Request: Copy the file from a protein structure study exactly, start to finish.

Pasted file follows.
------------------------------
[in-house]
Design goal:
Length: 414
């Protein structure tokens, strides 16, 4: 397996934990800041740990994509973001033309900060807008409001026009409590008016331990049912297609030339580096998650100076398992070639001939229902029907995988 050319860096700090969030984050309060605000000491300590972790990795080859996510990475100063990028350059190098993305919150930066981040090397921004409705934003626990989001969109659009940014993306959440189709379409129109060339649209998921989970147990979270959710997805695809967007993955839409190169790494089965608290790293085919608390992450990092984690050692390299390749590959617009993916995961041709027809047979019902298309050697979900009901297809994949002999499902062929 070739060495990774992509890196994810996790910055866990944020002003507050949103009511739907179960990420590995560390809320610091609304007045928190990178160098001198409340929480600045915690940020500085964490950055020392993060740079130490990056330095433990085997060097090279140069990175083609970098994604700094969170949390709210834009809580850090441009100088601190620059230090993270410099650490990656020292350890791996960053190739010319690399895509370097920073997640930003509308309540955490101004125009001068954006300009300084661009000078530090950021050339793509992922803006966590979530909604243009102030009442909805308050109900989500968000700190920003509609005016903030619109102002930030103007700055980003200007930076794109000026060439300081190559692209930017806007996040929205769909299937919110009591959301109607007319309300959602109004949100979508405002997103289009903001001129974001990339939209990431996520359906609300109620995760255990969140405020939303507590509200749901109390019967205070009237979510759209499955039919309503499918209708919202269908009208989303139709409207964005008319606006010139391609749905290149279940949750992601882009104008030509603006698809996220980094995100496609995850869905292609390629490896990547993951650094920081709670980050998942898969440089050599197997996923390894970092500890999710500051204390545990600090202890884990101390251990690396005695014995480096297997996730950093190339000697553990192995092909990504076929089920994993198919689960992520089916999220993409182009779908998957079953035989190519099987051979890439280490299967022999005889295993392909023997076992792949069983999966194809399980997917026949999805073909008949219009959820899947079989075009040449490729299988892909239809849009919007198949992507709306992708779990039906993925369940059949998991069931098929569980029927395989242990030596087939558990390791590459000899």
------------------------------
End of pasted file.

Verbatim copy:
[in-house]
Design goal:
Length: 414
């Protein structure tokens, strides 16, 4: 397996934990800041740990994509973001033309900060807008409001026009409590008016331990049912297609030339580096998650100076398992070639001939229902029907995988 050319860096700090969030984050309060605000000491300590972790990795080859996510990475100063990028350059190098993305919150930066981040090397921004409705934003626990989001969109659009940014993306959440189709379409129109060339649209998921989970147990979270959710997805695809967007993955839409190169790494089965608290790293085919608390992450990092984690050692390299390749590959617009993916995961041709027809047979019902298309050697979900009901297809994949002999499902062929 070739060495990774992509890196994810996790910055866990944020002003507050949103009511739907179960990420590995560390809320610091609304007045928190990178160098001198409340929480600045915690940020500085964490950055020392993060740079130490990056330095433990085997060097090279140069990175083609970098994604700094969170949390709210834009809580850090441009100088601190620059230090993270410099650490990656020292350890791996960053190739010319690399895509370097920073997640930003509308309540955490101004125009001068954006300009300084661009000078530090950021050339793509992922803006966590979530909604243009102030009442909805308050109900989500968000700190920003509609005016903030619109102002930030103007700055980003200007930076794109000026060439300081190559692209930017806007996040929205769909299937919110009591959301109607007319309300959602109004949100979508405002997103289009903001001129974001990339939209990431996520359906609300109620995760255990969140405020939303507590509200749901109390019967205070009237979510759209499955039919309503499918209708919202269908009208989303139709409207964005008319606006010139391609749905290149279940949750992601882009104008030509603006698809996220980094995100496609995850869905292609390629490896990547993951650094920081709670980050998942898969440089050599197997996923390894970092500890999710500051204390545990600090202890884990101390251990690396005695014995480096297997996730950093190339000697553990192995092909990504076929089920994993198919689960992520089916999220993409182009779908998957079953035989190519099987051979890439280490299967022999005889295993392909023997076992792949069983999966194809399980997917026949999805073909008949219009959820899947079989075009040449490729299988892909239809849009919007198949992507709306992708779990039906993925369940059949998991069931098929569980029927395989242990030596087939558990390791590459000899």